Stuck in a wait-and-see mode regarding the return of several players from injuries and awaiting increased production from a few of the club's core forwards, Blues general manager Doug Armstrong vows he will be patient and perhaps make no moves leading up to the NHL trading deadline Feb. 27.
Part of that philosophy is predicated on the Blues' restrictive budget as the franchise navigates through a tumultuous ownership change. Another part of it is Armstrong's belief that replacing players who are having off years offensively might not necessarily lead to a finer finish.
The Blues are living healthy in fourth place in the Western Conference going into tonight's game in New Jersey, and despite their scoring issues, the GM says they have the makeup to be a quality club heading down the stretch.
"Our goal is to get healthy and see where we fit in," Armstrong said. "Obviously our team needs to play to the level that they're capable of playing. There are a number of players on our roster that aren't having the season that they had a year ago. But I think it's too easy for everyone involved to look for someone else to come in and fix the problem, when I think the answer is right down there (on the ice). And I'm very comfortable that they think the answer is right down there too. We need players that we know can produce offense to produce offense.
"We started the year saying that we need to find out about these players. Well, there's no better time to find out about a player than a drive into the playoffs. To bring in other players and put guys we want to find out about in different roles, then we're just pushing off the process. The season is going to end the way it's going to end. There's no guarantee that you bring in a player, and all of a sudden you're going to become the high-scoring Detroit Red Wings. Those players aren't out there. We need to see what these players can do when the game is on the line."
The Blues remain hopeful that Andy McDonald and Alex Steen — both recovering from concussions — can rejoin the lineup down the stretch, but neither traveled with the team on its three-game road trip. McDonald appears to be inching closer, but Steen's progress a month after leaving the lineup appears halted. And now the Blues are without Jason Arnott (shoulder) and possibly Matt D'Agostini (concussion symptoms).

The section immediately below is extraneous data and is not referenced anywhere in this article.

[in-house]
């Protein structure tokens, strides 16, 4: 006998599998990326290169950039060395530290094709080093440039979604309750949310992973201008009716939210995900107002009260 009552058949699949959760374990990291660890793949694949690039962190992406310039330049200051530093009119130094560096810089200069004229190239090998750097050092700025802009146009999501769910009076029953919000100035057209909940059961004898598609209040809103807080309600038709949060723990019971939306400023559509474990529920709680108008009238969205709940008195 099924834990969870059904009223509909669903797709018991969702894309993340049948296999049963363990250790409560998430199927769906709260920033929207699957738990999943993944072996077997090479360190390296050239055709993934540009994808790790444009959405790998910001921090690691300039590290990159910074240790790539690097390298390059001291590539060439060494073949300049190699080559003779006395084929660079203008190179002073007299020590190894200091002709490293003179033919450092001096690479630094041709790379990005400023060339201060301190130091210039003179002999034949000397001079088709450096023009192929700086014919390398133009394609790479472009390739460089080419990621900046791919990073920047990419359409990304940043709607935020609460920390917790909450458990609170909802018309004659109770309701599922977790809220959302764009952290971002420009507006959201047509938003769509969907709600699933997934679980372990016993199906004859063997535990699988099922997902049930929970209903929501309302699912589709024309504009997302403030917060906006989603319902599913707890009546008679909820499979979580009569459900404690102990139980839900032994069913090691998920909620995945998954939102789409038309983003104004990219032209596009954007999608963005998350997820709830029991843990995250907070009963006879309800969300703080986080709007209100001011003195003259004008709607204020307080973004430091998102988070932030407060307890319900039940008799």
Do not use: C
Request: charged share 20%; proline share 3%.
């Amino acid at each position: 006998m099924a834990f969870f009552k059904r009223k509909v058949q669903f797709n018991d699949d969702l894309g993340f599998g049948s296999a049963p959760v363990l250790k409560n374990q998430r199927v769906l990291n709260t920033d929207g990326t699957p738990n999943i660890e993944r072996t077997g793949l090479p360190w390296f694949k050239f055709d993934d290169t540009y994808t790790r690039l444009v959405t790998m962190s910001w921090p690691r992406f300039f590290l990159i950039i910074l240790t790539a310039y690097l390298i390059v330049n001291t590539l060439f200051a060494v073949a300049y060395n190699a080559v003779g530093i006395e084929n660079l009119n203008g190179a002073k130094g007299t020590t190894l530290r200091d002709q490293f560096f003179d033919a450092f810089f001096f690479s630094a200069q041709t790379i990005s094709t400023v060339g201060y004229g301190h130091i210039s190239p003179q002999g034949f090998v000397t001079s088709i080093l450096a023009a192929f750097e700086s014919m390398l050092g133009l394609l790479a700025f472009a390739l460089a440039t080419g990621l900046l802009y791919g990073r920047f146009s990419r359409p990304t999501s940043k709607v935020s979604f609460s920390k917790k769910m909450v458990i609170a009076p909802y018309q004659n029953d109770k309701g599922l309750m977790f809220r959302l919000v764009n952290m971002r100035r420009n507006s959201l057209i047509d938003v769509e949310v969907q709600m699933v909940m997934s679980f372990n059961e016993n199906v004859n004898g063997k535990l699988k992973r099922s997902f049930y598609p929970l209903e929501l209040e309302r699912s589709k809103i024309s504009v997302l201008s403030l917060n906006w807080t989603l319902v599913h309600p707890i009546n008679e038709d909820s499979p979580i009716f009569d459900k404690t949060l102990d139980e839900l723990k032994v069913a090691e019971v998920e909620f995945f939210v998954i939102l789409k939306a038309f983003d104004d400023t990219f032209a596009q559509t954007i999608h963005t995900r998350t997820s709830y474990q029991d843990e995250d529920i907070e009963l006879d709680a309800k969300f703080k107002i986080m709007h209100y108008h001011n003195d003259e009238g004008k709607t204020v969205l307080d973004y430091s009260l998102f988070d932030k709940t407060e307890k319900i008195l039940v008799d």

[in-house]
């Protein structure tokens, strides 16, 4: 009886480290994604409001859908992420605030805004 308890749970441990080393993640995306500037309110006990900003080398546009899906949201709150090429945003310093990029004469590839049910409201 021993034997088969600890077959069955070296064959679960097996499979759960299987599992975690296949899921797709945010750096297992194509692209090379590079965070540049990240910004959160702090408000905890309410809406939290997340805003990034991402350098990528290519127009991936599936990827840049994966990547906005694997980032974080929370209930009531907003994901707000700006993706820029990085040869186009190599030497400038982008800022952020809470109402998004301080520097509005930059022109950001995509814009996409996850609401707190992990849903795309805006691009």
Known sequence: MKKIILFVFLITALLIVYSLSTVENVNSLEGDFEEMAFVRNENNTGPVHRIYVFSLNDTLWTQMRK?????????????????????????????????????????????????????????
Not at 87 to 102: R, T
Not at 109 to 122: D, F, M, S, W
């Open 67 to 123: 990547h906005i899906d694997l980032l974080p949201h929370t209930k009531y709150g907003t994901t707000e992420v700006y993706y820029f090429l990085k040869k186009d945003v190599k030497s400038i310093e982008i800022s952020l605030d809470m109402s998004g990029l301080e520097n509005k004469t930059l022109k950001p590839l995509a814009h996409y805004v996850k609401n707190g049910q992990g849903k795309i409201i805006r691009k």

Armstrong insists he's not relying on the return of McDonald and Steen — the Blues could be waiting "until the summer" for them, the GM said. Nor is he feeling the pressure to make a move before the deadline in anticipation of filling their key spots in the lineup.
"I think the cart got in front of the horse," Armstrong said. "When we're talking about concussions, I've always tried to tell everybody it's not a day-to-day topic, and unfortunately it became a day-to-day topic with our coach and the media. We've stopped that now.
"You're always looking to see if you can improve your team. But I like this group and I like the depth that we have here. We'll keep our ears open as we get closer to the deadline. But we're like two-thirds of the NHL, we work under a business framework and whatever deals we make have to fit into that plan."
The Blues' payroll entering the season reached $52 million and it's believed the Blues are near their budget ceiling approaching the trading deadline. A transferring of the ownership to the group led by club minority owner Tom Stillman could infuse immediate resources into the organization, but the sale is not expected to be complete until March. Armstrong declined to answer how much flexibility he would have at the deadline under the current ownership, saying, "I'm not going to discuss the internal structure of the Blues. We work under a budget."